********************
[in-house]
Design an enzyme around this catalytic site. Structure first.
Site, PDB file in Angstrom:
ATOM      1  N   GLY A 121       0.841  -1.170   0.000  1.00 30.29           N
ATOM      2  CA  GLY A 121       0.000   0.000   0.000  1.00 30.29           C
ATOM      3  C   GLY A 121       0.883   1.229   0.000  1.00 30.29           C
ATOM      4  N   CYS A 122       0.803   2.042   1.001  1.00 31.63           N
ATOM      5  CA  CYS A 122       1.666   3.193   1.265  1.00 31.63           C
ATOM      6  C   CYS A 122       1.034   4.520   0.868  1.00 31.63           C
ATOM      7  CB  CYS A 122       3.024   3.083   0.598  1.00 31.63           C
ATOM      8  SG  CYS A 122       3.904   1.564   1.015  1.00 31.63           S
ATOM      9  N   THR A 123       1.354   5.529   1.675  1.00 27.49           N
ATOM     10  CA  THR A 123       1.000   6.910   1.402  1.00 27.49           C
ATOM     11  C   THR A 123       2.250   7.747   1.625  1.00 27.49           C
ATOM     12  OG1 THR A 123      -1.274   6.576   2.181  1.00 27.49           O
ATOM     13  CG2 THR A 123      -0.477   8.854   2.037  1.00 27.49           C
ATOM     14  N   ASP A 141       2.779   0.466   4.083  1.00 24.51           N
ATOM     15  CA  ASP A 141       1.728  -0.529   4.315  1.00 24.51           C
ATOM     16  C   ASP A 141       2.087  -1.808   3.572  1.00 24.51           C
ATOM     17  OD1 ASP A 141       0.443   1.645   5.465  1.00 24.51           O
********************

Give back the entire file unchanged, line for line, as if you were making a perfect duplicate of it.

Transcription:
[in-house]
Design an enzyme around this catalytic site. Structure first.
Site, PDB file in Angstrom:
ATOM      1  N   GLY A 121       0.841  -1.170   0.000  1.00 30.29           N
ATOM      2  CA  GLY A 121       0.000   0.000   0.000  1.00 30.29           C
ATOM      3  C   GLY A 121       0.883   1.229   0.000  1.00 30.29           C
ATOM      4  N   CYS A 122       0.803   2.042   1.001  1.00 31.63           N
ATOM      5  CA  CYS A 122       1.666   3.193   1.265  1.00 31.63           C
ATOM      6  C   CYS A 122       1.034   4.520   0.868  1.00 31.63           C
ATOM      7  CB  CYS A 122       3.024   3.083   0.598  1.00 31.63           C
ATOM      8  SG  CYS A 122       3.904   1.564   1.015  1.00 31.63           S
ATOM      9  N   THR A 123       1.354   5.529   1.675  1.00 27.49           N
ATOM     10  CA  THR A 123       1.000   6.910   1.402  1.00 27.49           C
ATOM     11  C   THR A 123       2.250   7.747   1.625  1.00 27.49           C
ATOM     12  OG1 THR A 123      -1.274   6.576   2.181  1.00 27.49           O
ATOM     13  CG2 THR A 123      -0.477   8.854   2.037  1.00 27.49           C
ATOM     14  N   ASP A 141       2.779   0.466   4.083  1.00 24.51           N
ATOM     15  CA  ASP A 141       1.728  -0.529   4.315  1.00 24.51           C
ATOM     16  C   ASP A 141       2.087  -1.808   3.572  1.00 24.51           C
ATOM     17  OD1 ASP A 141       0.443   1.645   5.465  1.00 24.51           O